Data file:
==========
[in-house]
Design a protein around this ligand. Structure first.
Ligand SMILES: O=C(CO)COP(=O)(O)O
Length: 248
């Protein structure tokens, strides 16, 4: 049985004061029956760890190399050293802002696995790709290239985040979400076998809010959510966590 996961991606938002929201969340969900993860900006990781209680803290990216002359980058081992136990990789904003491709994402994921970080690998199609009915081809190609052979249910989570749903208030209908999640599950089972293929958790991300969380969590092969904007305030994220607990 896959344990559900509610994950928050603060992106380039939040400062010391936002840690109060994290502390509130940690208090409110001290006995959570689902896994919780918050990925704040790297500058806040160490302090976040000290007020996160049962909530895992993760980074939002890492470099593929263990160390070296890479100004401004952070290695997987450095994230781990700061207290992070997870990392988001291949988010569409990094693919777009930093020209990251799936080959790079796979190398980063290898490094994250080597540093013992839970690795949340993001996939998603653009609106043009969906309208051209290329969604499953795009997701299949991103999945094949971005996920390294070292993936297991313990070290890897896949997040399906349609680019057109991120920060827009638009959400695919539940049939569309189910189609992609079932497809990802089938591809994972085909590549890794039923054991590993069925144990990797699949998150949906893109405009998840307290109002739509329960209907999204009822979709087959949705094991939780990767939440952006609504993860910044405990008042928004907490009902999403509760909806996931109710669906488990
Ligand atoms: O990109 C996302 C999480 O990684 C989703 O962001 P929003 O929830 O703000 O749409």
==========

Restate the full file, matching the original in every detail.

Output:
[in-house]
Design a protein around this ligand. Structure first.
Ligand SMILES: O=C(CO)COP(=O)(O)O
Length: 248
């Protein structure tokens, strides 16, 4: 049985004061029956760890190399050293802002696995790709290239985040979400076998809010959510966590 996961991606938002929201969340969900993860900006990781209680803290990216002359980058081992136990990789904003491709994402994921970080690998199609009915081809190609052979249910989570749903208030209908999640599950089972293929958790991300969380969590092969904007305030994220607990 896959344990559900509610994950928050603060992106380039939040400062010391936002840690109060994290502390509130940690208090409110001290006995959570689902896994919780918050990925704040790297500058806040160490302090976040000290007020996160049962909530895992993760980074939002890492470099593929263990160390070296890479100004401004952070290695997987450095994230781990700061207290992070997870990392988001291949988010569409990094693919777009930093020209990251799936080959790079796979190398980063290898490094994250080597540093013992839970690795949340993001996939998603653009609106043009969906309208051209290329969604499953795009997701299949991103999945094949971005996920390294070292993936297991313990070290890897896949997040399906349609680019057109991120920060827009638009959400695919539940049939569309189910189609992609079932497809990802089938591809994972085909590549890794039923054991590993069925144990990797699949998150949906893109405009998840307290109002739509329960209907999204009822979709087959949705094991939780990767939440952006609504993860910044405990008042928004907490009902999403509760909806996931109710669906488990
Ligand atoms: O990109 C996302 C999480 O990684 C989703 O962001 P929003 O929830 O703000 O749409």